We know that high-quality, systemic SEL can help students identify emotions from social cues, set goals, consider multiple perspectives, and problem solve. We also know that SEL can reduce bullying and school suspensions and improve academic performance and school climate.

But what research hasn’t yet established is how—or even whether—universal school-based SEL programs serve students with disabilities and students of color, who are among the most impacted by the COVID-19 pandemic. Unfortunately, the evidence for SEL’s impact on racially- and ability-marginalized youth is murky at best and nonexistent at worst because we haven’t looked deeply enough. And that’s a big problem.

To be honest, education research is riddled with descriptions of school-based interventions that, once studied, are revealed to inequitably serve students with disabilities and/or those of color. To quantify the extent of this problem, teams at the Yale Center for Emotional Intelligence and the education nonprofit EdTogether reviewed the current evidence describing whether SEL interventions are inclusive and representative. Our recent findings were nothing short of devastating.

Tips on how to nurture kindness in your children

Tips on how to nurture kindness in your children

The holidays will soon be upon us. What is likely to make you feel better – receiving a gift, or giving one to someone in need?

Research is clear that, as the proverb goes, it’s better to give than to receive.

“Doing kind things makes you feel better,” said a sociologist at the University of Toronto Andrew Miles. “It fulfills a basic psychological need, like giving our bodies appropriate food. It helps you feel like your life is valuable.”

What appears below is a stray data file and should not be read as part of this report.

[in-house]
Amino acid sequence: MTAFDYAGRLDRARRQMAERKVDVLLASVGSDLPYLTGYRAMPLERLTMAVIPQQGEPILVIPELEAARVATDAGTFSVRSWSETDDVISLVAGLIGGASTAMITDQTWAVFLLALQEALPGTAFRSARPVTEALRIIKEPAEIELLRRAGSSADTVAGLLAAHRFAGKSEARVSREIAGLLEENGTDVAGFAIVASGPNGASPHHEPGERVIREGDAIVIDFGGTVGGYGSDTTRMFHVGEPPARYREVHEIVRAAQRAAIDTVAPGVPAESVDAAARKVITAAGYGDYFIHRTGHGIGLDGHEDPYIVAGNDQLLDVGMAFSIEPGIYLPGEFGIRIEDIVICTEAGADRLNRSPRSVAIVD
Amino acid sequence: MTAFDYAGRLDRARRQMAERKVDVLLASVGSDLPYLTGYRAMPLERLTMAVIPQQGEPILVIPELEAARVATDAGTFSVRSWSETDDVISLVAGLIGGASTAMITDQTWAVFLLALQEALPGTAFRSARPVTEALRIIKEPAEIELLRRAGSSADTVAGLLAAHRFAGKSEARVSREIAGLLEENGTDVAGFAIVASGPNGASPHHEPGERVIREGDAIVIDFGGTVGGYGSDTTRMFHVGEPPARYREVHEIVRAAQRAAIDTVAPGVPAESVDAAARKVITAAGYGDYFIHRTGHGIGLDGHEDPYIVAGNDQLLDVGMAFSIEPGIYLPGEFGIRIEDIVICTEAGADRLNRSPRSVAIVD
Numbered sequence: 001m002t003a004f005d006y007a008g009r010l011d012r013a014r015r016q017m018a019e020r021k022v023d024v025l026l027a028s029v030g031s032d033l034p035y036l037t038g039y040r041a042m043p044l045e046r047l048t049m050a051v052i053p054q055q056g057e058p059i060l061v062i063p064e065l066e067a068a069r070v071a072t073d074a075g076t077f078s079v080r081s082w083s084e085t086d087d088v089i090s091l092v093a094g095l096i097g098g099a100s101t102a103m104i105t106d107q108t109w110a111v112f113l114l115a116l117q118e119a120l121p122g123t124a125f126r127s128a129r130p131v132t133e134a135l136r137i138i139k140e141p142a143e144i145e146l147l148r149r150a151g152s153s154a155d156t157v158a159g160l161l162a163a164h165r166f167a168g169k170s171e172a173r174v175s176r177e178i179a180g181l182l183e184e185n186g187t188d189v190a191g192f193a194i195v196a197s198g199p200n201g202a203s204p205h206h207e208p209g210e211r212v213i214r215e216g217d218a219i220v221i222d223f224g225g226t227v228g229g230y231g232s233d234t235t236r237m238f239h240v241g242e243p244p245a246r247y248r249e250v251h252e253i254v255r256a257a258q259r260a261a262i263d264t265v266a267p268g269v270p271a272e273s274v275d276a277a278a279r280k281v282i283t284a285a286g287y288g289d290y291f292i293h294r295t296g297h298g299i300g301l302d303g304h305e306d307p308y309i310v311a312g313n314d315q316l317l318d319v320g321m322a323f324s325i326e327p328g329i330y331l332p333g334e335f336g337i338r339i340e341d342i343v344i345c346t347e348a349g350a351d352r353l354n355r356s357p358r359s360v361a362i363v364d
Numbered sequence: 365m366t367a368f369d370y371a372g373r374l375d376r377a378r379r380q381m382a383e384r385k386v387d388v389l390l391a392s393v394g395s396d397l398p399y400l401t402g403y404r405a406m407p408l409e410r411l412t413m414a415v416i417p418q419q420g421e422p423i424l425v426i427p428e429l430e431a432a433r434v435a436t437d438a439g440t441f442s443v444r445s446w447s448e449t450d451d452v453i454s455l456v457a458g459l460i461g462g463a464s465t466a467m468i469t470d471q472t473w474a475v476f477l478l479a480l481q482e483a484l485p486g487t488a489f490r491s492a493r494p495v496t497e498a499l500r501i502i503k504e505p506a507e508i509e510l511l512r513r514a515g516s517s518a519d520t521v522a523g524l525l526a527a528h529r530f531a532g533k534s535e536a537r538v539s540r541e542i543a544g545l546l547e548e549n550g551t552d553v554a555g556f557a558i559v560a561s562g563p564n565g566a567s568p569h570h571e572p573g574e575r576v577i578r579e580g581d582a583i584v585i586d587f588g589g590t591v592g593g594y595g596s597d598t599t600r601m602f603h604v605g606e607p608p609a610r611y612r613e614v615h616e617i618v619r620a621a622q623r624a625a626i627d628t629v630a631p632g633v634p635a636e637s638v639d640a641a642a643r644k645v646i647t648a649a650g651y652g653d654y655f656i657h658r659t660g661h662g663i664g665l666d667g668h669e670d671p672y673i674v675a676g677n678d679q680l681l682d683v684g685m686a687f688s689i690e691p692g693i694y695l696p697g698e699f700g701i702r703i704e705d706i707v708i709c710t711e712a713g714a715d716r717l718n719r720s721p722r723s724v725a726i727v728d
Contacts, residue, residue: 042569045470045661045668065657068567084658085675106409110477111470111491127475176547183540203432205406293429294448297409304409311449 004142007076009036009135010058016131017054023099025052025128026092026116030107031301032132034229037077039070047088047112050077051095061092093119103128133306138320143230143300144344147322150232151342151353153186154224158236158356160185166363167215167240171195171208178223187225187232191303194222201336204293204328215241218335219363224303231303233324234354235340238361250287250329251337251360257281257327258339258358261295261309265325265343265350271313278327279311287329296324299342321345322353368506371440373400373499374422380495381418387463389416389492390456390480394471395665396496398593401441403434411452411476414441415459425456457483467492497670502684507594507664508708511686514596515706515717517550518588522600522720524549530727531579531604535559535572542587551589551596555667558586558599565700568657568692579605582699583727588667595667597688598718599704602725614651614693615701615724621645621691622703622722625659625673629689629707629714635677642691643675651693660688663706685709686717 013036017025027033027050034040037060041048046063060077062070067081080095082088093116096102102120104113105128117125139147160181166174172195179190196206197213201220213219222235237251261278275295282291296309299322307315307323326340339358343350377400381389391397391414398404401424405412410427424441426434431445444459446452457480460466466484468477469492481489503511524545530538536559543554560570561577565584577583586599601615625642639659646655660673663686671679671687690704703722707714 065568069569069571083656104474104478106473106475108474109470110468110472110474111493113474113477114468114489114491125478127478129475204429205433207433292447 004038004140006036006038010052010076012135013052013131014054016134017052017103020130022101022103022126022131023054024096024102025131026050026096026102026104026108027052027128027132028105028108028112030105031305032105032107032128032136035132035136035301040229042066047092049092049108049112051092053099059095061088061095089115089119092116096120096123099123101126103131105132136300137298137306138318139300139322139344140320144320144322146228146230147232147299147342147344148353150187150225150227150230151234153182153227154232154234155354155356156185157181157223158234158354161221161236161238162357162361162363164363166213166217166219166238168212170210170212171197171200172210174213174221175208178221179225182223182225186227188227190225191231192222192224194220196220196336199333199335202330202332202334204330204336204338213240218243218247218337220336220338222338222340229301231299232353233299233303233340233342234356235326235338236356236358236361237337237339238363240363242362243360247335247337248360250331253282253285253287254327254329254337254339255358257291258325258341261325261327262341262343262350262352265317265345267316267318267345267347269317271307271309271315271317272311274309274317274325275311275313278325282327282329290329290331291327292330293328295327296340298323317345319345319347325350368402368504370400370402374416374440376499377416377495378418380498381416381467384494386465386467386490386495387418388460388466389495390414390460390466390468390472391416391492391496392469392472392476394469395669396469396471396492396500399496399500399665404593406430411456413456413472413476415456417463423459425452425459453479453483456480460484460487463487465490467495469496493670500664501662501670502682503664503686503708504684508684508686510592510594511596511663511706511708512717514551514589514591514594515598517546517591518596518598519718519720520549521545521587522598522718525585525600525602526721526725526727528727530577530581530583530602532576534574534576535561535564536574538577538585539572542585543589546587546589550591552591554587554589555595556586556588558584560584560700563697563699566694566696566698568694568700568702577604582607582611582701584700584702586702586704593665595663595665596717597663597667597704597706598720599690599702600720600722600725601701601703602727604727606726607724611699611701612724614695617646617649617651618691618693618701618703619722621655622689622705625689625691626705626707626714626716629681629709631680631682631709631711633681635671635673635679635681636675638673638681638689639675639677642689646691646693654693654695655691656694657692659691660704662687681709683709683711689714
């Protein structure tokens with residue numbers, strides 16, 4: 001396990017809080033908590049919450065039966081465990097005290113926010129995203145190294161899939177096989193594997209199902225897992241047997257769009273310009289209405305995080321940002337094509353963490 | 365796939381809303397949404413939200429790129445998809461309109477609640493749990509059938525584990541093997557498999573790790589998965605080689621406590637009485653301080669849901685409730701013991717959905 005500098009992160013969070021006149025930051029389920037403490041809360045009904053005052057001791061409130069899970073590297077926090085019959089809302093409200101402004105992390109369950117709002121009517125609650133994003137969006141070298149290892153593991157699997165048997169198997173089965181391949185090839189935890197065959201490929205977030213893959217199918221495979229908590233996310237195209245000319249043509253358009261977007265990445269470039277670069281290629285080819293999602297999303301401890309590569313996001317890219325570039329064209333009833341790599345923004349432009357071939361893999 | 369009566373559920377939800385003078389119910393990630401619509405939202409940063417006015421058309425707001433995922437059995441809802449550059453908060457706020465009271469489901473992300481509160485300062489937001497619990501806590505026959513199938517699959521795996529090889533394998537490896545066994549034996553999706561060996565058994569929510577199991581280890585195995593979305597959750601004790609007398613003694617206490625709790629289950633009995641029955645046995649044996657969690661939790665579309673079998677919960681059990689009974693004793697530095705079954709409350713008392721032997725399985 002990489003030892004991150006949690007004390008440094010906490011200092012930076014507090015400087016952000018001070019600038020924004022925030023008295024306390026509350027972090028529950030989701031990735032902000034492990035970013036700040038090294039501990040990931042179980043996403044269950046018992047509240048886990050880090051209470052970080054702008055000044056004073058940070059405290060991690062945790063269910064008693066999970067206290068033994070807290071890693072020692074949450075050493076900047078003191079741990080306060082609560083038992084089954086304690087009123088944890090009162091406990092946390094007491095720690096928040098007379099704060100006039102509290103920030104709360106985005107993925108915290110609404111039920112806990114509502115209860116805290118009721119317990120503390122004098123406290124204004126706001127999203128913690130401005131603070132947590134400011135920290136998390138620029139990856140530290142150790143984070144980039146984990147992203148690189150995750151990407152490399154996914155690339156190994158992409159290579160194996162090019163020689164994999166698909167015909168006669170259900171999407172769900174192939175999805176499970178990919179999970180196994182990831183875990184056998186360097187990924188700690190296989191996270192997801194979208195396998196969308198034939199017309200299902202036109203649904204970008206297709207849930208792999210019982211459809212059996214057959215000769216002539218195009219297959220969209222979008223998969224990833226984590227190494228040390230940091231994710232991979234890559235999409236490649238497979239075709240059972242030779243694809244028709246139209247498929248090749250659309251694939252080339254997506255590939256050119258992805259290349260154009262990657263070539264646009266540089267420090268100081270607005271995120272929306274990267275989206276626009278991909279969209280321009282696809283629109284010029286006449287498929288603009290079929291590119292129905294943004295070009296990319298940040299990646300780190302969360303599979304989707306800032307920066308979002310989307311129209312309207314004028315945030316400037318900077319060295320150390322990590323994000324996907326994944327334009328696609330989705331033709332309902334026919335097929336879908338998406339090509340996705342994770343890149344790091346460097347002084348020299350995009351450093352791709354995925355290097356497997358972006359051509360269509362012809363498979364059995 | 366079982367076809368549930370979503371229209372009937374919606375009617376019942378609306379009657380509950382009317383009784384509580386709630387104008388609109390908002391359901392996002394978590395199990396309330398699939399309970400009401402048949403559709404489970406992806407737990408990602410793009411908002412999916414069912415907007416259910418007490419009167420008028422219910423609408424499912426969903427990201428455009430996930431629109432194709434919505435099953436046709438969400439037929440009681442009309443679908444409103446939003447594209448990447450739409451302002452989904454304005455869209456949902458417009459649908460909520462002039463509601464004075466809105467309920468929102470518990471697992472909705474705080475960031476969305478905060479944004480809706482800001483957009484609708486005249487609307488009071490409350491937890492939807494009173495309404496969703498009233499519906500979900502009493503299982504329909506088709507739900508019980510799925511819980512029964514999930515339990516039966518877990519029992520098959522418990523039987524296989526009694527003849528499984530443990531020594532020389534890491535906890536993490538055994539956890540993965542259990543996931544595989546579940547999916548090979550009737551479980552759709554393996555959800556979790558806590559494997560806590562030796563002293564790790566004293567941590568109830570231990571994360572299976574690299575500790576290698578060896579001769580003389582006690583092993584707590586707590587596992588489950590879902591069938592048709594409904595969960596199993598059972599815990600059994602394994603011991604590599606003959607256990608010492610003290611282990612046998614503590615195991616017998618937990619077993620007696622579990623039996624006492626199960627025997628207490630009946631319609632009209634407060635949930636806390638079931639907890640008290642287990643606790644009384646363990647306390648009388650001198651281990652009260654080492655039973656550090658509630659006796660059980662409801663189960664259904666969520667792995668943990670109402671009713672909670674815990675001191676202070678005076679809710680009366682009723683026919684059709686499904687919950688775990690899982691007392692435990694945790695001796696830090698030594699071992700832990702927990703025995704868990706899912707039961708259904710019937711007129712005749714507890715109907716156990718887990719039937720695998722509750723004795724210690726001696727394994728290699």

Miles is currently leading a large, controlled study aiming to quantify the ways in which doing good may help to counter the anxiety and depression that currently undermines the health and well-being of many people in all walks of life.

And the need for kindness may have never been greater.

The economic, educational and vocational stresses associated with the pandemic continue to take a toll.

In addition, the media, the Internet, and even neighbourhood streets are often filled with physical threats and hateful remarks directed at large segments of the population. It is important to foster a child’s emotional well-being by accepting and nurturing the child you have, not trying to forcefully create the one you want Although members of minority groups, are increasingly willing to speak out against verbal and physical attacks and discrimination, many targetted individuals continue to suffer in silence.

Little wonder that rates of anxiety and depression remain high.

Children, who can readily sense the emotional distress of their caregivers, often share the pain.

But experts said there’s an antidote that could benefit everyone.

They call it “prosocial behaviour”, or acting in ways that help other people.In her recently published book, Social Justice Parenting, an associate professor of education at Florida Atlantic University Traci Baxley emphasises the rewards of teaching compassion and kindness to a new generation.Her goal in fostering a more just world for all is to raise children “who can ultimately self-advocate, empathise with others, recognise injustice, and become proactive in changing it”.Her book, which I found hard to put down, is replete with excellent examples and advice that can help parents raise children with a healthy self-image and regard for the welfare of others.She wrote, “It is our obligation to teach our children to stand up and be allies for groups that are marginalised and silenced”.

Baxley, the mother of five, told me that upon returning to school after the pandemic lockdown, many young people experienced an increase in depression and social anxiety that can be counteracted by prosocial behaviour.“Just seeing compassion and kindness in action releases chemicals in the brain that helps them calm down,” she said. “It slows the heart rate and releases serotonin that counters symptoms of depression.”Prosocial behaviour may come naturally to some. Even […]